My journal articles can be found on the ‘publications’ tab on this site and on Academia.edu.

Other research

Supervision areas

I am happy to receive inquiries from potential students about PhD projects in my broad areas of research interest

Current and past PhD Students

Martin Greenwood 'The Post Office and Postcapitalism: the Role of Public Services in Radical Futures', co-supervisor

Judy Thorne 'Hope and Despair in the Greek Crisis: An Ethnography of Utopia at the Margins of Europe', second supervisor

Barbora Cernusakova 'Collective Action of Roma in the Czech Republic: A Revival of Class Consciousness?', co-supervisor

Chung Yan Priscilla Kam 'The Dynamics of Hong Kong Identity in Post-Colonial Hong Kong', second supervisor

Jamie Matthews 'Organising Radical Spaces: Occupy the London Stock Exchange and the New Global Politics of Occupation', first supervisor. Awarded 2017

Medina Aitieva 'Family Formations in Kyrgyzstan', second supervisor. Awarded 2015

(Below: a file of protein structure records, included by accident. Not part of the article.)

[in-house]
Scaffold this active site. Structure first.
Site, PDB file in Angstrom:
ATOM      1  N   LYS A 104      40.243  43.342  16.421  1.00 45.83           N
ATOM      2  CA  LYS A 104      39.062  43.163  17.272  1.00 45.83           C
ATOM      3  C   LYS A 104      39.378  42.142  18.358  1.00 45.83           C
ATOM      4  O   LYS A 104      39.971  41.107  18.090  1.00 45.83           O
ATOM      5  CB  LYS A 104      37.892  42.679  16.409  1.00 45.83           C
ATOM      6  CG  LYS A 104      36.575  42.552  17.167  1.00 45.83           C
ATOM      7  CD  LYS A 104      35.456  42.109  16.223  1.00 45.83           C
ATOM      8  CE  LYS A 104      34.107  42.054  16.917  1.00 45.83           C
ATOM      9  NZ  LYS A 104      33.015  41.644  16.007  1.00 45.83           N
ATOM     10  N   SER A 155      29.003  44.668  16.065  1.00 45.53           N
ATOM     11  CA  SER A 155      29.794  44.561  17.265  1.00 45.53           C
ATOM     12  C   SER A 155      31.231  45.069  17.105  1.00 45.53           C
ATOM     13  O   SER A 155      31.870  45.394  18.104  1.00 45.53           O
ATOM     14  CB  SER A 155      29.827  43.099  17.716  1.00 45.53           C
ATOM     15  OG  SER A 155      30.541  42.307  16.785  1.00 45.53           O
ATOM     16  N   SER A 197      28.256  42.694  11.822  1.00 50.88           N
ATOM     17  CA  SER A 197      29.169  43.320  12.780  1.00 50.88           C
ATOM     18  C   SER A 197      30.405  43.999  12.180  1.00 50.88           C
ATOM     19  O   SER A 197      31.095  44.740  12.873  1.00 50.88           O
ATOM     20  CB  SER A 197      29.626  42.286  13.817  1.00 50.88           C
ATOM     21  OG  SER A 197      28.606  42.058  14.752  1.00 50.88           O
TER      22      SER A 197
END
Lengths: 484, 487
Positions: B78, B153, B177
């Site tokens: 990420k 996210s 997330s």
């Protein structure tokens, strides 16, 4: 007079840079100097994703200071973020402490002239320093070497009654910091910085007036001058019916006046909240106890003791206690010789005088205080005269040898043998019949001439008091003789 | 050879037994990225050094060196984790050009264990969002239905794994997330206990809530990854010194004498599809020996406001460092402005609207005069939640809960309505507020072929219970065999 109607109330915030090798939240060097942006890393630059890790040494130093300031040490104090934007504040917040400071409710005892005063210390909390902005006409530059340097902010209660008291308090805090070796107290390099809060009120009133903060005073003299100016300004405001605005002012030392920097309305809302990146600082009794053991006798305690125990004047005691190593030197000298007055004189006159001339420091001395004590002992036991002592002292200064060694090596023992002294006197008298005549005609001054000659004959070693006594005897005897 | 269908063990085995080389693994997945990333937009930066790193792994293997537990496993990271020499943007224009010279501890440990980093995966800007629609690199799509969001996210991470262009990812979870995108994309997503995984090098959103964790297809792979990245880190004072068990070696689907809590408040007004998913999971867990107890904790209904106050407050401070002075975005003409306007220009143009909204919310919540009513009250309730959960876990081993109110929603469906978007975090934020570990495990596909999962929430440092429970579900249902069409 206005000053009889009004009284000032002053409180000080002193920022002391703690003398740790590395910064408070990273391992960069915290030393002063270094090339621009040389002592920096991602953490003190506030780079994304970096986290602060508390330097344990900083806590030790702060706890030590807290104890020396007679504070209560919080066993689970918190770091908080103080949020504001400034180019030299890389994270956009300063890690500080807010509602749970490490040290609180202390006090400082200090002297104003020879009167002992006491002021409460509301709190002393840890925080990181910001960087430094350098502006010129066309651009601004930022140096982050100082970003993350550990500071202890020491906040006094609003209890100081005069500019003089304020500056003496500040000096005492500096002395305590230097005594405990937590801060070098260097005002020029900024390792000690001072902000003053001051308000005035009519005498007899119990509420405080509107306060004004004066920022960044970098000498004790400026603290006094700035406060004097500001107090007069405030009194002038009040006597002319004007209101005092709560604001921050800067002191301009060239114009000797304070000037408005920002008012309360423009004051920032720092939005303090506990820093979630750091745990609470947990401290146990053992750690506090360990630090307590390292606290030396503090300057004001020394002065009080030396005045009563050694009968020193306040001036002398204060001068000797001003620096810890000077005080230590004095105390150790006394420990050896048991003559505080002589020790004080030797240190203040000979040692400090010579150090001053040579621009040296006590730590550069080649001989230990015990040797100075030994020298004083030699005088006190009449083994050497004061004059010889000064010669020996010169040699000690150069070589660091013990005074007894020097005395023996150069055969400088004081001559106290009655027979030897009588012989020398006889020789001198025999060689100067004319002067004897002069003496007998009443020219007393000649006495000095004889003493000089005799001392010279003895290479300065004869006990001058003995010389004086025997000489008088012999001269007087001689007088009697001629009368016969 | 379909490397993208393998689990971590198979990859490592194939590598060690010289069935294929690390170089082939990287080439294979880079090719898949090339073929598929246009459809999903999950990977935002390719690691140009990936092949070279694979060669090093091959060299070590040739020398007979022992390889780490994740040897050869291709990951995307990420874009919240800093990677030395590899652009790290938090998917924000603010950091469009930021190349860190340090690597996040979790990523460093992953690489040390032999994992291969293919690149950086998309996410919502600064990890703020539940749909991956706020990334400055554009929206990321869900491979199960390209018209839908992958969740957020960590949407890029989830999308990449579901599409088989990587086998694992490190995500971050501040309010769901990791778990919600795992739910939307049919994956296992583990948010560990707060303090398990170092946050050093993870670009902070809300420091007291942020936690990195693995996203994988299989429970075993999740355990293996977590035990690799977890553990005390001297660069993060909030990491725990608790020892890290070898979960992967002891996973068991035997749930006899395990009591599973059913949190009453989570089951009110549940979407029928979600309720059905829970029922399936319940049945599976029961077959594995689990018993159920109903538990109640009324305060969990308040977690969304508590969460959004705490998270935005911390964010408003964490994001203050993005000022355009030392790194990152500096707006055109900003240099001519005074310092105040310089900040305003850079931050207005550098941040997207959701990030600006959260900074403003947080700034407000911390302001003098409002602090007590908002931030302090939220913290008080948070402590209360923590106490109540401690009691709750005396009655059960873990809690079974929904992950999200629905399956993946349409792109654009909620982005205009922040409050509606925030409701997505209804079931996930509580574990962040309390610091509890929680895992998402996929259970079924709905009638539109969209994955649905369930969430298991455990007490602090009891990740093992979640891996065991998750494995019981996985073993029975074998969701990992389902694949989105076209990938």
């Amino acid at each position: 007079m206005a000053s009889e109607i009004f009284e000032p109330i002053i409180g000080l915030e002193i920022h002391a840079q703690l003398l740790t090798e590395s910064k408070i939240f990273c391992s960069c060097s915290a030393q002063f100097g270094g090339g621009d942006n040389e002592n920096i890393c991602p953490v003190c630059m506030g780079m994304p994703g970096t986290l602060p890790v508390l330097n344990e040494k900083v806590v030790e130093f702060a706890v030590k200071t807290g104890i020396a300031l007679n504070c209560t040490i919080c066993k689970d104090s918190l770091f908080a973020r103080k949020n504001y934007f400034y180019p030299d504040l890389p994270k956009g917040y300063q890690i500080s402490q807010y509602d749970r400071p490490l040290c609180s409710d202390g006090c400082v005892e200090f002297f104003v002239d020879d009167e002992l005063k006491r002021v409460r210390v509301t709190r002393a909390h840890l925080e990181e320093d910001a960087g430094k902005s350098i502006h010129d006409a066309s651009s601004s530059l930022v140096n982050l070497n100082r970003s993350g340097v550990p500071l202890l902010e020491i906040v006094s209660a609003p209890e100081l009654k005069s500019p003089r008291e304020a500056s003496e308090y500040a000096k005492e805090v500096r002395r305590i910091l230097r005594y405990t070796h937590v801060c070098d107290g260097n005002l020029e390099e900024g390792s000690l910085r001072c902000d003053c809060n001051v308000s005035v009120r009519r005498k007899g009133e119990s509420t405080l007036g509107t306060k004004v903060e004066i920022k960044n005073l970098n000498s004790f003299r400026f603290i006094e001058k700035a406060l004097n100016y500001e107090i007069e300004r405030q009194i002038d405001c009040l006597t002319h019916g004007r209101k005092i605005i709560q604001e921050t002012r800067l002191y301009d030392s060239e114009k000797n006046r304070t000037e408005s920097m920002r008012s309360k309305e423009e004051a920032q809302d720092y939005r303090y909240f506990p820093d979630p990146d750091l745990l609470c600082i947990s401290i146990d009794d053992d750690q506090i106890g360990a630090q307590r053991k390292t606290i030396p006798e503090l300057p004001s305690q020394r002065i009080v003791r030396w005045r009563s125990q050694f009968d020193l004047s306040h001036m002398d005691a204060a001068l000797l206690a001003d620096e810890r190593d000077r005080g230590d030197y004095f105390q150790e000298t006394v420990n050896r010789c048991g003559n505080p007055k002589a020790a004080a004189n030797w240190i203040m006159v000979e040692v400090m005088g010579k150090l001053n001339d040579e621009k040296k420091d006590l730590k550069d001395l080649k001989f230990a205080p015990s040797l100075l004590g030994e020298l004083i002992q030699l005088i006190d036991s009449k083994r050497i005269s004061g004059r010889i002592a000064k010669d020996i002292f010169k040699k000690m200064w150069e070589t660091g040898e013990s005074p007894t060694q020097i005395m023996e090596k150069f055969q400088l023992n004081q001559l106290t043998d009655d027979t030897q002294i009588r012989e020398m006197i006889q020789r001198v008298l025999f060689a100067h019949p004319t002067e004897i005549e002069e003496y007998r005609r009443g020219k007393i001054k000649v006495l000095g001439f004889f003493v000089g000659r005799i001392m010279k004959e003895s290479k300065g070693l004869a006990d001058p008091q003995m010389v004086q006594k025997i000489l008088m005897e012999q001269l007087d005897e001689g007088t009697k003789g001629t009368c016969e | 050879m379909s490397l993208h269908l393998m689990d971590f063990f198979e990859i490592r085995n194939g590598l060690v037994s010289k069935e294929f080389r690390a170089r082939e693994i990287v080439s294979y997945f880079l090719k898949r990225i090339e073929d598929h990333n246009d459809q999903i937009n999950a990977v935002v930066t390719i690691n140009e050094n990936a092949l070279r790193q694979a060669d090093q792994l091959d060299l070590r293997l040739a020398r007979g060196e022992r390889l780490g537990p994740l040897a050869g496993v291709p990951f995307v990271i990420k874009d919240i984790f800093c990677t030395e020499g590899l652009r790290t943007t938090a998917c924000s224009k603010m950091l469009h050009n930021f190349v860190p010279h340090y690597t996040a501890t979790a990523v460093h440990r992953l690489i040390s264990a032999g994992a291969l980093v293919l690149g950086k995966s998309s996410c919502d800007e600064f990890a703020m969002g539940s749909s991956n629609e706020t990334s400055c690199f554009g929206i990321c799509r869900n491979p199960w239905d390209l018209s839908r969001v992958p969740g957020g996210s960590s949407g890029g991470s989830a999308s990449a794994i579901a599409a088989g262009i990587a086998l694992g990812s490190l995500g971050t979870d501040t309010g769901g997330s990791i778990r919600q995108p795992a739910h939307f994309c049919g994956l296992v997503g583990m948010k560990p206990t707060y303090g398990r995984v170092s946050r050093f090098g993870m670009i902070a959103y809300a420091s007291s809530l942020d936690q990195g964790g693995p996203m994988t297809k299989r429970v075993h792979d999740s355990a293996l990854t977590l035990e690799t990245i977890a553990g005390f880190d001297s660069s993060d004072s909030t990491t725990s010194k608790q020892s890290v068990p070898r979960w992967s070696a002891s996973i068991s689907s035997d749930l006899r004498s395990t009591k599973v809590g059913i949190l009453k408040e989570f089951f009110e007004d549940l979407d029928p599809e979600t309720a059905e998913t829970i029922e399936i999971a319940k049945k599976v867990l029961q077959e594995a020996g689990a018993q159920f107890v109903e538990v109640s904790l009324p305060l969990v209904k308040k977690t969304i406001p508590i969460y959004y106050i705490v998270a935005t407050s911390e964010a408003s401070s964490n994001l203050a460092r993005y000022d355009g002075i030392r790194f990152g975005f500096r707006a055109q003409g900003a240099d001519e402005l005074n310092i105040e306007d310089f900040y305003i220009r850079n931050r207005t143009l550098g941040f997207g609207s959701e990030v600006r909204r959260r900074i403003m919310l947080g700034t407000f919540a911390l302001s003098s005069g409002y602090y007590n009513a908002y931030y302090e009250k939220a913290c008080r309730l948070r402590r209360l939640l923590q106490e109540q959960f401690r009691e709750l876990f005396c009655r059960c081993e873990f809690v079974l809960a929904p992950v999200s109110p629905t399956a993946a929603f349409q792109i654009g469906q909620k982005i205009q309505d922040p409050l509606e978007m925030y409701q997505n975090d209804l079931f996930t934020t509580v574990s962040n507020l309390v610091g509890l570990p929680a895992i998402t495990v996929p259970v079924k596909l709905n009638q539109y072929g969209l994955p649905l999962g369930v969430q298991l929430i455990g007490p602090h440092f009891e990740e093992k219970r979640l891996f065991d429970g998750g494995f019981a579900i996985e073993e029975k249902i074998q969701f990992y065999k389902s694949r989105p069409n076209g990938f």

Ulrike Flader 'Struggle for a Livable Life: Everyday Resistance among the Kurdish Population in Turkey', first supervisor. Awarded 2015

Sivamohan Valluvan 'Integration Reconsidered: A Study of Multi-Ethnic Lives in two Post-Integration Cities', co-supervisor. Awarded 2014

Svetoslav Nenov 'Biopolitics, Counter-Terrorism and Law after 9/11', first supervisor. Awarded 2013

Ben Garner 'Trade, Culture and the New Politics of Cultural Development at UNESCO', co-supervisor. Awarded 2011

Raphael Schlembach 'Social Movement Constructions of European Nationalism', second supervisor. Awarded 2010

Gavin Grindon 'Carnival against Capital: The Theory of Revolution as Festival', co-supervisor. Awarded 2007

Henning Klatran 'Beyond Sexual Identity? Friendship between Straight and Gay Men', co-supervisor. Awarded 2007  


Research and projects

No current projects are available for public display